Ensuring the fish that feed the coast are still here tomorrow.

4 March (Herring).jpg



The importance of getting out to the frontlines of resource extraction activity on our coast cannot be overstated. The only way to know the truth of how such practices are being conducted is to bear witness or be involved. Pacific Herring face more than a few challenges; their numbers significantly reduced from what they once were. Herring are targets of overfishing and open net-pen salmon farm bycatch (swimming into the pens and eaten by Atlantic salmon). It is important that these industries be monitored and documented by those who do not benefit from these practices. We have documented the thick of the Pacific herring controversy, in 2015 on the central coast, and more recently on the south coast. By being out on the water when the annual herring spawn occurs, we are able to document the aspects of fisheries practices (fish farm and commercial) that rob our coast of one of the most foundational, ecologically important species.


The power of storytelling is undeniable. It has the ability to change how we perceive the world, and thereby act. The stories we tell ourselves and one another shape the world we live in. While there are a number of impactful ways to communicate story, our chosen mediums to communicate what we find in our groundtruthing work are photography, filmmaking/videography, writing, and presenting. In our work to protect Pacific herring, storytelling through these mediums has made an impact. We have been gathering footage and knowledge of these forage fish for years, and we are brewing a film to elevate herring to the forefront of our ecological awareness. If everyone could swim with the massive schools of these fish underwater, herring would be protected for their sheer beauty alone. We want to make these fish accessible to everyone through our storytelling work, so that the anyone can connect to the foundation fish of the coast, and then act to protect them.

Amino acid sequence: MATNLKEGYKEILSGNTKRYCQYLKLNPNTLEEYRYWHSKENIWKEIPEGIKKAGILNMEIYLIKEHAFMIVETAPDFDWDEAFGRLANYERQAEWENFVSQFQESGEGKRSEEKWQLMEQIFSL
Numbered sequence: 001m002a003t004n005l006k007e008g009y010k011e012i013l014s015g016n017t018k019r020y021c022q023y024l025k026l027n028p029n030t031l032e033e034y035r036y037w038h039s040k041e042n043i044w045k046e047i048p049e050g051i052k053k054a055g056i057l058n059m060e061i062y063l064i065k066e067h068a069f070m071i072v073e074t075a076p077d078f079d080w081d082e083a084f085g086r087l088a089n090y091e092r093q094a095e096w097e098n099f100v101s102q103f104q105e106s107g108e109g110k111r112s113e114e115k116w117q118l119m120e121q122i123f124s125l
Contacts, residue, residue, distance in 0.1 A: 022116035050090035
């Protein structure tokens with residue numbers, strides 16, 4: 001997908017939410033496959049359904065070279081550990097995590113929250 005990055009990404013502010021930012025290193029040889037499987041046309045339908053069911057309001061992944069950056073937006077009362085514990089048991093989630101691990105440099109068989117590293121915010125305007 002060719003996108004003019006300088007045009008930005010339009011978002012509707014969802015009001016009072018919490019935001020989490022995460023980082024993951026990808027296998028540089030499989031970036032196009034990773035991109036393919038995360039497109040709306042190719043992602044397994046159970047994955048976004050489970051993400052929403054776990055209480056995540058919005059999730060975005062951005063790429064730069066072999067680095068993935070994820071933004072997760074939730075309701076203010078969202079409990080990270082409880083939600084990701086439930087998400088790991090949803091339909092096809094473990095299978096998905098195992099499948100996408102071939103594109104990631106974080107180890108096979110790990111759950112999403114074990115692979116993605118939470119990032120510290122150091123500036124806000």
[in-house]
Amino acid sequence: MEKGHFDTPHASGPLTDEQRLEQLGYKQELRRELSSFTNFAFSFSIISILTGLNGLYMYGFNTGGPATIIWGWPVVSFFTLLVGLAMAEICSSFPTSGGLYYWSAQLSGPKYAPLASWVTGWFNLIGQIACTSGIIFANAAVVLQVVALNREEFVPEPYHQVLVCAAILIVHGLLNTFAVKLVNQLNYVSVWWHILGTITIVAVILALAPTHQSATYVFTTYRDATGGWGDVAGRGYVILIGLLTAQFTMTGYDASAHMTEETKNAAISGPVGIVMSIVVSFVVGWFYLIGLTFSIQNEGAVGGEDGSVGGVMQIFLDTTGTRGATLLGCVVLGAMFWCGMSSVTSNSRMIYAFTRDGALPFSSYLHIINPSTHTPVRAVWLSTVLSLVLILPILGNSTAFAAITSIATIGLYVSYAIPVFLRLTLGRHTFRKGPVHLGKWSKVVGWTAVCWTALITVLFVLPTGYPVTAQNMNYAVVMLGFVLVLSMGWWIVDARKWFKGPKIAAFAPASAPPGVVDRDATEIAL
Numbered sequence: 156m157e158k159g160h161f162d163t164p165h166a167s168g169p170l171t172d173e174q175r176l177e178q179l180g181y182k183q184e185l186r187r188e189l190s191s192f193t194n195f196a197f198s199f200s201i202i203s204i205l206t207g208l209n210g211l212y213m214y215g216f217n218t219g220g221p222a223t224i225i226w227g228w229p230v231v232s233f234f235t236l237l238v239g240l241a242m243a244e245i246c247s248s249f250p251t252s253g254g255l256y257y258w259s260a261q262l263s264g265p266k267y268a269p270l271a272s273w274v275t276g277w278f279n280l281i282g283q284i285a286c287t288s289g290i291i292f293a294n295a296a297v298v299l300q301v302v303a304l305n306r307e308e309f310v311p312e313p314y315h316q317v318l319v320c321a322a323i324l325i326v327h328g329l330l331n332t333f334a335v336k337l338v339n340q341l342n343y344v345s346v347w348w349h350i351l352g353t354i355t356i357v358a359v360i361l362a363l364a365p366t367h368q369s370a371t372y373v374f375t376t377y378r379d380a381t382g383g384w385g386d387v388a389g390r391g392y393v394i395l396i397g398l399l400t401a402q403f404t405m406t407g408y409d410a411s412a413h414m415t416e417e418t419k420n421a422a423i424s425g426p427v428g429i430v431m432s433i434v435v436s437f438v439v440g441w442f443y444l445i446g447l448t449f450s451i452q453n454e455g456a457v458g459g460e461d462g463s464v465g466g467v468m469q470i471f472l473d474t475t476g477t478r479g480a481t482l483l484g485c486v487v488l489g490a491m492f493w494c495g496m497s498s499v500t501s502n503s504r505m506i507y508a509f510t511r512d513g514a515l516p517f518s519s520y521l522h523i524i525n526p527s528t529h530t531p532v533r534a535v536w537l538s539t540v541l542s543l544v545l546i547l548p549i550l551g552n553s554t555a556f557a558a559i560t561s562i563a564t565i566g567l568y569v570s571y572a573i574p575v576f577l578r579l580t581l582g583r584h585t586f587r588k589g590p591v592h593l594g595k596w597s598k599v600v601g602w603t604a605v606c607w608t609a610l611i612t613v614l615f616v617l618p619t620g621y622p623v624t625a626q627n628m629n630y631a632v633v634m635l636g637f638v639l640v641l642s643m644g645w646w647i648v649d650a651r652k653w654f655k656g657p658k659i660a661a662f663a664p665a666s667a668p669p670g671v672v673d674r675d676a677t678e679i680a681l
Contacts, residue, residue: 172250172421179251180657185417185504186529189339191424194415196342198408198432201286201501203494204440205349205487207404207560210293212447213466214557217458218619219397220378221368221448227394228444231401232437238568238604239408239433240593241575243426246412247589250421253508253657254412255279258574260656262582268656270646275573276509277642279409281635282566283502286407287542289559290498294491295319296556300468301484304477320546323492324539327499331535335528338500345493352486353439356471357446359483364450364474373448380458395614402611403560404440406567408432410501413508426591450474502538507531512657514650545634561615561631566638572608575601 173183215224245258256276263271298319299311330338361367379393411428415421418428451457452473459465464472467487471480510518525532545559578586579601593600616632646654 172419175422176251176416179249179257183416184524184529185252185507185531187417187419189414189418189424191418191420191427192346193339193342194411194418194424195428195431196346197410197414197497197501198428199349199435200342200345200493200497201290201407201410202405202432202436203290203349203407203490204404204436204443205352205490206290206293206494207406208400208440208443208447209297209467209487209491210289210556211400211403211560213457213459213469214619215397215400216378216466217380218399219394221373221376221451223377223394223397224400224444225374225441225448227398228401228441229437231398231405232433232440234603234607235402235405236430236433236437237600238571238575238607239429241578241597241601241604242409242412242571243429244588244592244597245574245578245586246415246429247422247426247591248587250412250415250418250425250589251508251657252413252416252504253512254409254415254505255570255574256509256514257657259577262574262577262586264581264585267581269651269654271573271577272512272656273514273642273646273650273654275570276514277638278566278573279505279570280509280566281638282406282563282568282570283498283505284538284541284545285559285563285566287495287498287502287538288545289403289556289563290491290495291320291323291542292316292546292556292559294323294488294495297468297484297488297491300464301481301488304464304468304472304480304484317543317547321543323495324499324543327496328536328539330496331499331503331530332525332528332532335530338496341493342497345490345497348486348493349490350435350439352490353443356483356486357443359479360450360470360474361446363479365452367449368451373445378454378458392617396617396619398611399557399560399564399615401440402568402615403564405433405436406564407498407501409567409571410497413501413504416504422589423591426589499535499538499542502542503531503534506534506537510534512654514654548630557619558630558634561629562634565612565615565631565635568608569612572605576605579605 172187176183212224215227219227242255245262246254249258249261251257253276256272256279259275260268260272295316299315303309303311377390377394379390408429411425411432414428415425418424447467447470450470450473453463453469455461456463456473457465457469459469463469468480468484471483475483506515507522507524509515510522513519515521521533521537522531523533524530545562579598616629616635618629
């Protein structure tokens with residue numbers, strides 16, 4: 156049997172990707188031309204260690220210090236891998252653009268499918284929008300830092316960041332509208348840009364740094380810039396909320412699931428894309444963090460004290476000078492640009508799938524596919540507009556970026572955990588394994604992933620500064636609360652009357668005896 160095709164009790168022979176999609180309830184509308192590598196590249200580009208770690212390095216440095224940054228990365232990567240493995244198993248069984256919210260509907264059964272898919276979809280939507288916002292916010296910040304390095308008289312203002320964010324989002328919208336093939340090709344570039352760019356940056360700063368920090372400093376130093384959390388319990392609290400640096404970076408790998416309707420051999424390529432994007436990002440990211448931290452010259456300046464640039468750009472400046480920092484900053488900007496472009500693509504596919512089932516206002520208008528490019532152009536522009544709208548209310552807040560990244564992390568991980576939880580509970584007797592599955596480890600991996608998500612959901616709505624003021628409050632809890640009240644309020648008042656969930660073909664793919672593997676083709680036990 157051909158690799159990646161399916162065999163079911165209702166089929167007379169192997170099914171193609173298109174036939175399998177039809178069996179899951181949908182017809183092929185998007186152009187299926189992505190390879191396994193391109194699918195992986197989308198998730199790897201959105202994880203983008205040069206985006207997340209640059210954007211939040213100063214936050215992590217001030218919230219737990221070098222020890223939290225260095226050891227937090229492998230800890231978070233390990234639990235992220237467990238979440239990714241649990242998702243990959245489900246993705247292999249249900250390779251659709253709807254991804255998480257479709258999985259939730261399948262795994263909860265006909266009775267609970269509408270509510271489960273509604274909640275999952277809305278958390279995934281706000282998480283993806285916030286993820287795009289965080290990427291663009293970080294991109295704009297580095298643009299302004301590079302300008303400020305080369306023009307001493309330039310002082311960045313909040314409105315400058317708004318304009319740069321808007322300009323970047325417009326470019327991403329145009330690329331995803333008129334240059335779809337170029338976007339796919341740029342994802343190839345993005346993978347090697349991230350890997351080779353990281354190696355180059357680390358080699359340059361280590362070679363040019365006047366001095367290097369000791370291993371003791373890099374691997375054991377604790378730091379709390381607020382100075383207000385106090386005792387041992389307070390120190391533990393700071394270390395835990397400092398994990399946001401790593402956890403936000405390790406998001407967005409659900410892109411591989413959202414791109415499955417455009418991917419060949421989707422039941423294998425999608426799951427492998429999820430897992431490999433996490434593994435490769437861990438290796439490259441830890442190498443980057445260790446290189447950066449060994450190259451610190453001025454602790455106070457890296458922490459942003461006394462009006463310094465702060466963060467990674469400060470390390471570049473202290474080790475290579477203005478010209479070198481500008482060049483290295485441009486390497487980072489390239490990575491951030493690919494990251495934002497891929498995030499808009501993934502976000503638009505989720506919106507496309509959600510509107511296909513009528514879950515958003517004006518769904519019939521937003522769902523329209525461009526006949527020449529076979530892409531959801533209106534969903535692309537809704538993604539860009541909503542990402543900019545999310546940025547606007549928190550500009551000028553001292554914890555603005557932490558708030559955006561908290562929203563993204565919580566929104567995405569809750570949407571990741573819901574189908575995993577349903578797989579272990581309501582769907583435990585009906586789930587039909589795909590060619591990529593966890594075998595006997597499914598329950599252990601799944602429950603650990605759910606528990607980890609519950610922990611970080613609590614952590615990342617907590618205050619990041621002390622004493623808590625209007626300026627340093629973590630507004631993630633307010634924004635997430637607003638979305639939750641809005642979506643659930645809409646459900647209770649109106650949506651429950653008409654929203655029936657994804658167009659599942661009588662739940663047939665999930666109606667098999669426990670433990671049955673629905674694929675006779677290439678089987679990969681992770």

Image: Tavish Campbell

Image: Tavish Campbell


Pacific herring aren’t exactly on the general public’s radar in the same way charismatic mega-fauna are, and because of that we feel it is incredibly important to elevate the knowledge of the importance of Pacific herring, and celebrate the fish that feed the coast. We fell in love with these small silver forage fish while filming and photographing them underwater, and we want to share that feeling with everyone. People protect what they love.